I loved my tea but not as much as I hated being held hostage by farts so, over the next fortnight, I gradually replaced English Breakfast with Rooibos (which I always drank at night).
It’s caffeine-free, low in tannins, has a wealth of other health benefits and was my saviour.
Within a matter of days the reduction in flatulence was audible.
What a blessed relief and I hadn’t even started the low FODAP diet.
FODMAP was harder as some of the food I cut out, like onions and garlic, I cook with virtually every day but, long story short, after a process of elimination and re-introduction, I now know that the humble pea, closely followed by the delicious chestnut mushroom, is my nemesis! Who knew?
But how does ageing play its part in all of this?
Here’s what else I learned from the dietician: as you age there’s a tendency to develop lactose intolerance which means dairy products can make you fart more than you used to.
Ageing and medication could also be responsible for an overgrowth of bacteria in your small intestine which also increases flatulence.
You can take a breath test, also known as a Small Intestinal Bacterial Overgrowth (SIBO) test, to check whether you have this. If you do, antibiotics can be used to treat it, but there are natural remedies too.
That darned pelvic floor
Now I truly felt I was on the road to recovery, but there was still physical dimension that needed to be tackled.
You know the kind of thing, you get out of your chair, walk to the door and, of course, go up the stairs, announcing every single move with a fart?
Enter Katrina Wade, women’s health physiotherapist, founder of Bodyworks Physiotherapist Clinic in Colchester and Queen of the Pelvic Floor.
And that darned pelvic floor takes centre stage when it comes to stopping those farts escaping.
The pelvic floor muscles are connected to the internal and external anal sphincters (two rings of muscles which hold in farts and stools until you’re ready) and, if your pelvic floor muscles are weak, then your clenching ability is compromised.
Katrina says the only way to regain control over flatulence is to strengthen your pelvic floor muscles through specific exercises (also called Kegel exercises).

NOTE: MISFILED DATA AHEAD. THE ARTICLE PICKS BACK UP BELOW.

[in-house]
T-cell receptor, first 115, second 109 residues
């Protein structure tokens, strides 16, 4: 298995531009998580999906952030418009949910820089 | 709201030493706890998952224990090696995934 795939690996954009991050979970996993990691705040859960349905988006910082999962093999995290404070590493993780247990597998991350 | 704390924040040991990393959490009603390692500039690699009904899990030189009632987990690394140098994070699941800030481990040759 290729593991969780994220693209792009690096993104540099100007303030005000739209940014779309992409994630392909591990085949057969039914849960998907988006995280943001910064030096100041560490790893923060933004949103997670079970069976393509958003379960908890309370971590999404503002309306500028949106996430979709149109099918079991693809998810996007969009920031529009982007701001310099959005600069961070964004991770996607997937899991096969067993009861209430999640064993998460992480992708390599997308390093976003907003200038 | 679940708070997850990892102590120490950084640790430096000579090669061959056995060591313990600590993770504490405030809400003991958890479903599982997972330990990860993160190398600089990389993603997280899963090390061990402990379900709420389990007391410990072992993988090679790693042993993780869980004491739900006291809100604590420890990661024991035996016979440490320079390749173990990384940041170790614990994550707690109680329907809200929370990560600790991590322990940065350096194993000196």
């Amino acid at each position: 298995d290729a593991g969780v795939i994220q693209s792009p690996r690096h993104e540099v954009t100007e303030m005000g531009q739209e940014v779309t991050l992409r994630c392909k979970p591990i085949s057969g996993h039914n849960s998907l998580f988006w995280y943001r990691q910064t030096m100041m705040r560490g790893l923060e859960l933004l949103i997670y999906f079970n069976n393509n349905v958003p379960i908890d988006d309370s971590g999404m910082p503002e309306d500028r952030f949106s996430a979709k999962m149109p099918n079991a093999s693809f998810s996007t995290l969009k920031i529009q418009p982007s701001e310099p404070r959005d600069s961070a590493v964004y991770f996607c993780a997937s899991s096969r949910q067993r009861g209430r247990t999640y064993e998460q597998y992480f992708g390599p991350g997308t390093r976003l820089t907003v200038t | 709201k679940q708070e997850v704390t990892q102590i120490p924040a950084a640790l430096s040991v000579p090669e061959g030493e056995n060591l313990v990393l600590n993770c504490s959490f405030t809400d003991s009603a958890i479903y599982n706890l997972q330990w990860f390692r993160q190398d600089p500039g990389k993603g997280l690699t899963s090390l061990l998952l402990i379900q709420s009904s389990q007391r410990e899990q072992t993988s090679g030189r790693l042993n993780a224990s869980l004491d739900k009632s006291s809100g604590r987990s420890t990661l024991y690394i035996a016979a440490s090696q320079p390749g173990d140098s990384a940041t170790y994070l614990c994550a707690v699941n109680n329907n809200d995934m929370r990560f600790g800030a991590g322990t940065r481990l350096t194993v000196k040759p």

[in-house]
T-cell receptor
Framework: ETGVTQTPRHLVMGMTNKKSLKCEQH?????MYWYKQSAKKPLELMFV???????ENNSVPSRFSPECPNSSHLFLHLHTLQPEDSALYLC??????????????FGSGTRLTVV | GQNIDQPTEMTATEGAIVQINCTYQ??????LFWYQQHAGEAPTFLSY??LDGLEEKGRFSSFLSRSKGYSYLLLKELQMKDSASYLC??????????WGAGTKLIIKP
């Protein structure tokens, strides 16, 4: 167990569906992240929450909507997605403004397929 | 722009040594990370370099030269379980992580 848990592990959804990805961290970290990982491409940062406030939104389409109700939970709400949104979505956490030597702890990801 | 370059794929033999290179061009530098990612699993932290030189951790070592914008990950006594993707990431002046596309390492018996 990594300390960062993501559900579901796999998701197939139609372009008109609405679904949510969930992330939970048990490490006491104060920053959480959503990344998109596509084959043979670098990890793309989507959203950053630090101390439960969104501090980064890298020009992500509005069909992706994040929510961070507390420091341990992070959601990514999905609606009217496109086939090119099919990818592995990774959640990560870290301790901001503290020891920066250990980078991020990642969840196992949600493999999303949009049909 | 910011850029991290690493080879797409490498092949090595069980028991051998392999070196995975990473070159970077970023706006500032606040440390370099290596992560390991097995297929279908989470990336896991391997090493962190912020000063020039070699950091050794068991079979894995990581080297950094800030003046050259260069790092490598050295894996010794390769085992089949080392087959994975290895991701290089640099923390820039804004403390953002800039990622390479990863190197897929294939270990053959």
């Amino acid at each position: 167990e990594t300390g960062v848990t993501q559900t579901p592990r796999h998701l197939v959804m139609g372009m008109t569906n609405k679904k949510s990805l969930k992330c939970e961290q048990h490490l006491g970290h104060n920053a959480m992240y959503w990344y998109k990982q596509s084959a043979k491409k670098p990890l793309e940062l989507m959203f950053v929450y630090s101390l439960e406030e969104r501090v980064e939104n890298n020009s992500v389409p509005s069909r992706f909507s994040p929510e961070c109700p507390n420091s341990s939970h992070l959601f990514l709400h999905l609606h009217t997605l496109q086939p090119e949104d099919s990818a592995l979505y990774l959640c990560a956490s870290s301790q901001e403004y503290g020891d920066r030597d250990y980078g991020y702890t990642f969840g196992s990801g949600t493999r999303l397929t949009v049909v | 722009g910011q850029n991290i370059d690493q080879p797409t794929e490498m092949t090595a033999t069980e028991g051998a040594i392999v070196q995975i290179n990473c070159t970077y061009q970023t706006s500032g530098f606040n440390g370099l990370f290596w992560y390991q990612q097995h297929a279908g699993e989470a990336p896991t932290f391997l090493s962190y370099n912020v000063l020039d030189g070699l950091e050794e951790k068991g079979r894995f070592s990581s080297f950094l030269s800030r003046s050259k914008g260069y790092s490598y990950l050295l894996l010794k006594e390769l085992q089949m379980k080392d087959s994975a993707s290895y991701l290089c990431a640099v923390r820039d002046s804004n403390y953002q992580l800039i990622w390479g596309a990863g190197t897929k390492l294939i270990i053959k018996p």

Tightening and relaxing your pelvic floor muscles many times a day can strengthen the muscles in your anus, pelvic floor and rectum, providing you do them correctly. (Go to bodyworksphysio.net or see your GP for advice on this.)
I’ve been doing these exercises, which are not the easiest as it’s such a slight movement, but they are having a gradual effect. Katrina says I should see an improvement within three months. I’m counting the days.
Katrina Wade’s top tips for managing flatus:
· Do your pelvic floor muscle exercises every day.
· Avoid chewing gum and stop smoking so you stop swallowing air.
· Take regular exercise to keep the digestive system healthy.
· Try eating a little more slowly. Chew each mouthful carefully (especially if the food is high in fibre). If you’re in a hurry, don’t be tempted to wash down half-chewed food with a drink.
· Cut down on caffeine which has a tendency to increase bowel activity for some people and may increase wind. Try decaffeinated tea and coffee for a week or so to see if this makes a difference.
· Cut down on carbonated drinks and beer or lager. Burps are a more usual response, but some people experience more wind with these drinks.
· Herbal teas, like camomile, peppermint and fennel calm the bowel and less wind seems to be produced.
Please note, I’m not a clinician or a dietitian, but everything I’ve written here about my approach to controlling flatus is based entirely on my own experience.
We’re all different and, if you’re in any doubt about how to tackle any issues you have with flatulence safely, please check with your GP first.
We’re all getting older and deserve to enjoy our lives as much as we can, so it helps to look after ourselves and it’s never too late to start.
If you’ve got a specific issue that’s bothering you or that you’d like discussed in an Age Inappropriate column, please send me an email and I’ll see what I can do.